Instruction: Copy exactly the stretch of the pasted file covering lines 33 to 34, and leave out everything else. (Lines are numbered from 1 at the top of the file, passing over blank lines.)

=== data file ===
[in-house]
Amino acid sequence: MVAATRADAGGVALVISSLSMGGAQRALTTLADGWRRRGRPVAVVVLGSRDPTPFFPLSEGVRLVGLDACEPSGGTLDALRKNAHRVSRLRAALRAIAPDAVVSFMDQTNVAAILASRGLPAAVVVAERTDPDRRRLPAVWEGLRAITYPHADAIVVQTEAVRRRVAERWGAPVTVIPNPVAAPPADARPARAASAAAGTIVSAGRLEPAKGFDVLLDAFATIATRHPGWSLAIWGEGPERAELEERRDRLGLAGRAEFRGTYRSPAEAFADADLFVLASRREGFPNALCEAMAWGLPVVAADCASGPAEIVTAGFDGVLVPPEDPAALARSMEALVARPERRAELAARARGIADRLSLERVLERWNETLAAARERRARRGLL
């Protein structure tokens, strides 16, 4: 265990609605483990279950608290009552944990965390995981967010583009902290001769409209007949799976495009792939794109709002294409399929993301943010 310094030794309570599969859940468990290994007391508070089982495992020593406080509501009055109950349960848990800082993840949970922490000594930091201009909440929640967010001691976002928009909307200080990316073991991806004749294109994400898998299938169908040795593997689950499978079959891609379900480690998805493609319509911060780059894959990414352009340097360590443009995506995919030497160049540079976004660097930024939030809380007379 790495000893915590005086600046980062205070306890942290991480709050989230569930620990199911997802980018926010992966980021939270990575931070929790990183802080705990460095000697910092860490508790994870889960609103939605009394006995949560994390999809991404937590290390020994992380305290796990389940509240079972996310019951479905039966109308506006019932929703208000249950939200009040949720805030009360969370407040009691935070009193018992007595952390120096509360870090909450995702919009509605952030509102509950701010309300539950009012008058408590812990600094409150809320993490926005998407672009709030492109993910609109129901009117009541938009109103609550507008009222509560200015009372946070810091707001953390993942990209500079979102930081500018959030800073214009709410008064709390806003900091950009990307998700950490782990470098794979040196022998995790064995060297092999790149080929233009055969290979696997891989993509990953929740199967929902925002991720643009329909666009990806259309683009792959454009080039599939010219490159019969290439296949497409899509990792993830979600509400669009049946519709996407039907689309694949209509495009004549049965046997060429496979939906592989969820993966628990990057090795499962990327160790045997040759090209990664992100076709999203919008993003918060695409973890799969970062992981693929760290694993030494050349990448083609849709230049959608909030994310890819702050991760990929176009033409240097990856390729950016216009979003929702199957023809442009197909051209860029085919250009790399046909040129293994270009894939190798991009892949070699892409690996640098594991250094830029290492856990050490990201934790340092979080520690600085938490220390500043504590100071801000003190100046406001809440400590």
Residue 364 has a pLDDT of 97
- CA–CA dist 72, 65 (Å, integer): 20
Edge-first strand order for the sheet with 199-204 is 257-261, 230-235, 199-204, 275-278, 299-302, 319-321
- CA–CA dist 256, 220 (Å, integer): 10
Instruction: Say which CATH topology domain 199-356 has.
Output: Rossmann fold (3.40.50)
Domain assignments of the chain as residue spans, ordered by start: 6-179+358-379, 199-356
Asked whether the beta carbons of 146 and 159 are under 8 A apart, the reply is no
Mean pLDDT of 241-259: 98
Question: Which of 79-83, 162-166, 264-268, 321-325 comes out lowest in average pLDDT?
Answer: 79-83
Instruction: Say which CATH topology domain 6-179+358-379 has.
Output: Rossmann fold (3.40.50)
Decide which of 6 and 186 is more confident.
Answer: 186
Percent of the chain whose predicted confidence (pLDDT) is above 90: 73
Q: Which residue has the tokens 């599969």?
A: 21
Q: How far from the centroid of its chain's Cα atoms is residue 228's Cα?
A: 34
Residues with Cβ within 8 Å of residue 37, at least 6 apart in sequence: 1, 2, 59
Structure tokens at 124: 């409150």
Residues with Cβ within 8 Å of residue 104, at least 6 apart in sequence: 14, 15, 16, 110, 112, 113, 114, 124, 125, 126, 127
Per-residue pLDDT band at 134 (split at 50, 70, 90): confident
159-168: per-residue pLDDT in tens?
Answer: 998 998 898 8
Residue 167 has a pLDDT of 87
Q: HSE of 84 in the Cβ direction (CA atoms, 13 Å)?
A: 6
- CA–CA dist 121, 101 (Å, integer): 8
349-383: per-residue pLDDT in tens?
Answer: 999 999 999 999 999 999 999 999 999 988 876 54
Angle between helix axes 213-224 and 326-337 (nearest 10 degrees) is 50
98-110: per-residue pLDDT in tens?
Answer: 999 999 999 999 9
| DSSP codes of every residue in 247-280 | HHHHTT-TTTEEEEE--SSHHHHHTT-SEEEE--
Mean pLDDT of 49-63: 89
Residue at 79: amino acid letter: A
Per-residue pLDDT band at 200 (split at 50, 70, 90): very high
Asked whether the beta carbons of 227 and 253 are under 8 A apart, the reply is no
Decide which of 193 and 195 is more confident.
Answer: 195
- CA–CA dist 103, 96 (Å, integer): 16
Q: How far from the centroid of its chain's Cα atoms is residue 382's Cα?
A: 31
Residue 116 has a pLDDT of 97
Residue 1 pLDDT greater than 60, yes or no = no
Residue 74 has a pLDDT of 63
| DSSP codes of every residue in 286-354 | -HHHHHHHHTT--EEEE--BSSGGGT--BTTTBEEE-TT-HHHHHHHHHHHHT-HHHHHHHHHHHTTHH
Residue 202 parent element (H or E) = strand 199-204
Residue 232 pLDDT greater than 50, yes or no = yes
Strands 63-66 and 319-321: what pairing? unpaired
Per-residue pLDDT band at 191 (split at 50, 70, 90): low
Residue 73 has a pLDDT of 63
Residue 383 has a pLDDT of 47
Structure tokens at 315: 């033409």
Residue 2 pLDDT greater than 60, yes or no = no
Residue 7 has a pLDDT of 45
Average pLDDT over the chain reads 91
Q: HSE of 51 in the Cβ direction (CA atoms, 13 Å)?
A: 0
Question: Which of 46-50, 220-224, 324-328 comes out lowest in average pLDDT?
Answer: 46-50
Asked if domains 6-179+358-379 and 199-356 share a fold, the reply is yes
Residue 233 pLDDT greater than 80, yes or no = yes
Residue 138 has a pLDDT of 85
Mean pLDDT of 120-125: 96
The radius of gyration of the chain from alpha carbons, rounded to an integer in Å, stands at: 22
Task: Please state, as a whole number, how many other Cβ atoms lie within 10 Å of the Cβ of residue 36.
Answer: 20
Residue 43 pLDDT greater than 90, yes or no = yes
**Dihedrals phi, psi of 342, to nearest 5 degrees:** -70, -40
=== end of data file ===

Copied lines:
- CA–CA dist 121, 101 (Å, integer): 8
349-383: per-residue pLDDT in tens?